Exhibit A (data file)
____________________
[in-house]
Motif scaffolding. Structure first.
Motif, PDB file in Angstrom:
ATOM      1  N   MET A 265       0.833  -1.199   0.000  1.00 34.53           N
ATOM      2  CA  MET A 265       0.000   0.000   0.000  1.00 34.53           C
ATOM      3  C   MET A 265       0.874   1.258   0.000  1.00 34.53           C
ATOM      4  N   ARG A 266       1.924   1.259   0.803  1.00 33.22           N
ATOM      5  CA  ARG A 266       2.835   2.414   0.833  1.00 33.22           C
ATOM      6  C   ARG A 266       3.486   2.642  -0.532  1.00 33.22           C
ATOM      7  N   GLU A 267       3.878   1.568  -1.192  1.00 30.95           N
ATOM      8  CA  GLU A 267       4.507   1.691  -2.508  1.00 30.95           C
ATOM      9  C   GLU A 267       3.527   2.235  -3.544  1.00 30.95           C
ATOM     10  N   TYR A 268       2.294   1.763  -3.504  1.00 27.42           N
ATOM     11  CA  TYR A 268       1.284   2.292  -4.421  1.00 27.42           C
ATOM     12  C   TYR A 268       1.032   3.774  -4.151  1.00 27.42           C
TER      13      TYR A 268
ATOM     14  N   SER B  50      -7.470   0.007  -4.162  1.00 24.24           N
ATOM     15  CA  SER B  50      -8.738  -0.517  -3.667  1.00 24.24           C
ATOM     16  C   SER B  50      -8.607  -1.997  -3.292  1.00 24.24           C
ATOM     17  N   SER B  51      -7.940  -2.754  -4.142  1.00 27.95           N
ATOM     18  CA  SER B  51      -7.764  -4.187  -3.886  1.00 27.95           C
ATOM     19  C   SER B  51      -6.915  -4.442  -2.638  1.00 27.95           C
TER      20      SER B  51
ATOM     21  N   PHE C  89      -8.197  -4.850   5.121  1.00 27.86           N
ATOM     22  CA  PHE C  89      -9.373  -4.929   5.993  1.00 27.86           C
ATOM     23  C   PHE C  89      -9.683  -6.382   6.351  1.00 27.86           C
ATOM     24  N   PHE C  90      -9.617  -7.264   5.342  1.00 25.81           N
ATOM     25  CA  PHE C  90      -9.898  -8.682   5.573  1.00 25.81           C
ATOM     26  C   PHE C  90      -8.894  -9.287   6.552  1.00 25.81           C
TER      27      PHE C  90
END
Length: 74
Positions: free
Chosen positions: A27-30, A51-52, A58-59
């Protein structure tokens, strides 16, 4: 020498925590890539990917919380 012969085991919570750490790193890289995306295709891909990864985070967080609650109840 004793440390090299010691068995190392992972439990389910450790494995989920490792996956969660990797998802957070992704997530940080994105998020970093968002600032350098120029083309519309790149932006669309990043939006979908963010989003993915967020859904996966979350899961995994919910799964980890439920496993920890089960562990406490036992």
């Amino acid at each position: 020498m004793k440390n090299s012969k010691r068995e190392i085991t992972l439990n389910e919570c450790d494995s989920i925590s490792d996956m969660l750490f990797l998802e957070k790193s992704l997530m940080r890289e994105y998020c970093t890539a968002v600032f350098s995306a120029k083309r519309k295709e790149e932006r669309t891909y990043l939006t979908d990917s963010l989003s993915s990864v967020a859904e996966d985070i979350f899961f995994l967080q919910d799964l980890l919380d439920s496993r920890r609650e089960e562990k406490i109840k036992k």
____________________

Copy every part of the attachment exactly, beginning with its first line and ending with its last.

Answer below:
[in-house]
Motif scaffolding. Structure first.
Motif, PDB file in Angstrom:
ATOM      1  N   MET A 265       0.833  -1.199   0.000  1.00 34.53           N
ATOM      2  CA  MET A 265       0.000   0.000   0.000  1.00 34.53           C
ATOM      3  C   MET A 265       0.874   1.258   0.000  1.00 34.53           C
ATOM      4  N   ARG A 266       1.924   1.259   0.803  1.00 33.22           N
ATOM      5  CA  ARG A 266       2.835   2.414   0.833  1.00 33.22           C
ATOM      6  C   ARG A 266       3.486   2.642  -0.532  1.00 33.22           C
ATOM      7  N   GLU A 267       3.878   1.568  -1.192  1.00 30.95           N
ATOM      8  CA  GLU A 267       4.507   1.691  -2.508  1.00 30.95           C
ATOM      9  C   GLU A 267       3.527   2.235  -3.544  1.00 30.95           C
ATOM     10  N   TYR A 268       2.294   1.763  -3.504  1.00 27.42           N
ATOM     11  CA  TYR A 268       1.284   2.292  -4.421  1.00 27.42           C
ATOM     12  C   TYR A 268       1.032   3.774  -4.151  1.00 27.42           C
TER      13      TYR A 268
ATOM     14  N   SER B  50      -7.470   0.007  -4.162  1.00 24.24           N
ATOM     15  CA  SER B  50      -8.738  -0.517  -3.667  1.00 24.24           C
ATOM     16  C   SER B  50      -8.607  -1.997  -3.292  1.00 24.24           C
ATOM     17  N   SER B  51      -7.940  -2.754  -4.142  1.00 27.95           N
ATOM     18  CA  SER B  51      -7.764  -4.187  -3.886  1.00 27.95           C
ATOM     19  C   SER B  51      -6.915  -4.442  -2.638  1.00 27.95           C
TER      20      SER B  51
ATOM     21  N   PHE C  89      -8.197  -4.850   5.121  1.00 27.86           N
ATOM     22  CA  PHE C  89      -9.373  -4.929   5.993  1.00 27.86           C
ATOM     23  C   PHE C  89      -9.683  -6.382   6.351  1.00 27.86           C
ATOM     24  N   PHE C  90      -9.617  -7.264   5.342  1.00 25.81           N
ATOM     25  CA  PHE C  90      -9.898  -8.682   5.573  1.00 25.81           C
ATOM     26  C   PHE C  90      -8.894  -9.287   6.552  1.00 25.81           C
TER      27      PHE C  90
END
Length: 74
Positions: free
Chosen positions: A27-30, A51-52, A58-59
């Protein structure tokens, strides 16, 4: 020498925590890539990917919380 012969085991919570750490790193890289995306295709891909990864985070967080609650109840 004793440390090299010691068995190392992972439990389910450790494995989920490792996956969660990797998802957070992704997530940080994105998020970093968002600032350098120029083309519309790149932006669309990043939006979908963010989003993915967020859904996966979350899961995994919910799964980890439920496993920890089960562990406490036992």
């Amino acid at each position: 020498m004793k440390n090299s012969k010691r068995e190392i085991t992972l439990n389910e919570c450790d494995s989920i925590s490792d996956m969660l750490f990797l998802e957070k790193s992704l997530m940080r890289e994105y998020c970093t890539a968002v600032f350098s995306a120029k083309r519309k295709e790149e932006r669309t891909y990043l939006t979908d990917s963010l989003s993915s990864v967020a859904e996966d985070i979350f899961f995994l967080q919910d799964l980890l919380d439920s496993r920890r609650e089960e562990k406490i109840k036992k």